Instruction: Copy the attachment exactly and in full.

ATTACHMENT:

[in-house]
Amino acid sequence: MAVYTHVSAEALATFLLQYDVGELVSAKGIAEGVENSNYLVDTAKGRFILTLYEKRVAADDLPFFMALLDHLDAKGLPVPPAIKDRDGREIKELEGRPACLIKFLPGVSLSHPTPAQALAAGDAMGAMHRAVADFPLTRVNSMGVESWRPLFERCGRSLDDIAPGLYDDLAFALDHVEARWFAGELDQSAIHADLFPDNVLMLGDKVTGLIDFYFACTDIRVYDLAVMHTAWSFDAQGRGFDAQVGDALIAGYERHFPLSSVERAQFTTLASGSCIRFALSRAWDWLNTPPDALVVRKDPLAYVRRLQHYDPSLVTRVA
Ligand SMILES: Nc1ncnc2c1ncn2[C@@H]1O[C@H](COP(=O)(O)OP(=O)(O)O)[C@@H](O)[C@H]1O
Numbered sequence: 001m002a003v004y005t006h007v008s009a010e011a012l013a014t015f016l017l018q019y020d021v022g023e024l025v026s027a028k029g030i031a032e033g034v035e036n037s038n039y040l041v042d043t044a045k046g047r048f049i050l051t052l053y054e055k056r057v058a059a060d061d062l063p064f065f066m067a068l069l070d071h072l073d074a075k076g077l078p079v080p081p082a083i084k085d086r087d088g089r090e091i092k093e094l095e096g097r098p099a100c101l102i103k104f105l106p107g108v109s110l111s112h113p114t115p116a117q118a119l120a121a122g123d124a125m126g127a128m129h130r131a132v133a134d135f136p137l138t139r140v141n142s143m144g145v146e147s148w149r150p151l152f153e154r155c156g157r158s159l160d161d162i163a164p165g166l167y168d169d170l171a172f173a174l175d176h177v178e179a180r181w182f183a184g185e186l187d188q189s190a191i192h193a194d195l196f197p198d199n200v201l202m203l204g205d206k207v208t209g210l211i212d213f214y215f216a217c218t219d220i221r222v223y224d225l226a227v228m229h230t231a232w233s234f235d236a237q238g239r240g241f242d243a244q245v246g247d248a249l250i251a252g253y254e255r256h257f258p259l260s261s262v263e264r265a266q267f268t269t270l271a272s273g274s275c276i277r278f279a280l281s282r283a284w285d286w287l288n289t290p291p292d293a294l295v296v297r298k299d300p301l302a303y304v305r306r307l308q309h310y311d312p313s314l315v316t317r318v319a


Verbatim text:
[in-house]
Amino acid sequence: MAVYTHVSAEALATFLLQYDVGELVSAKGIAEGVENSNYLVDTAKGRFILTLYEKRVAADDLPFFMALLDHLDAKGLPVPPAIKDRDGREIKELEGRPACLIKFLPGVSLSHPTPAQALAAGDAMGAMHRAVADFPLTRVNSMGVESWRPLFERCGRSLDDIAPGLYDDLAFALDHVEARWFAGELDQSAIHADLFPDNVLMLGDKVTGLIDFYFACTDIRVYDLAVMHTAWSFDAQGRGFDAQVGDALIAGYERHFPLSSVERAQFTTLASGSCIRFALSRAWDWLNTPPDALVVRKDPLAYVRRLQHYDPSLVTRVA
Ligand SMILES: Nc1ncnc2c1ncn2[C@@H]1O[C@H](COP(=O)(O)OP(=O)(O)O)[C@@H](O)[C@H]1O
Numbered sequence: 001m002a003v004y005t006h007v008s009a010e011a012l013a014t015f016l017l018q019y020d021v022g023e024l025v026s027a028k029g030i031a032e033g034v035e036n037s038n039y040l041v042d043t044a045k046g047r048f049i050l051t052l053y054e055k056r057v058a059a060d061d062l063p064f065f066m067a068l069l070d071h072l073d074a075k076g077l078p079v080p081p082a083i084k085d086r087d088g089r090e091i092k093e094l095e096g097r098p099a100c101l102i103k104f105l106p107g108v109s110l111s112h113p114t115p116a117q118a119l120a121a122g123d124a125m126g127a128m129h130r131a132v133a134d135f136p137l138t139r140v141n142s143m144g145v146e147s148w149r150p151l152f153e154r155c156g157r158s159l160d161d162i163a164p165g166l167y168d169d170l171a172f173a174l175d176h177v178e179a180r181w182f183a184g185e186l187d188q189s190a191i192h193a194d195l196f197p198d199n200v201l202m203l204g205d206k207v208t209g210l211i212d213f214y215f216a217c218t219d220i221r222v223y224d225l226a227v228m229h230t231a232w233s234f235d236a237q238g239r240g241f242d243a244q245v246g247d248a249l250i251a252g253y254e255r256h257f258p259l260s261s262v263e264r265a266q267f268t269t270l271a272s273g274s275c276i277r278f279a280l281s282r283a284w285d286w287l288n289t290p291p292d293a294l295v296v297r298k299d300p301l302a303y304v305r306r307l308q309h310y311d312p313s314l315v316t317r318v319a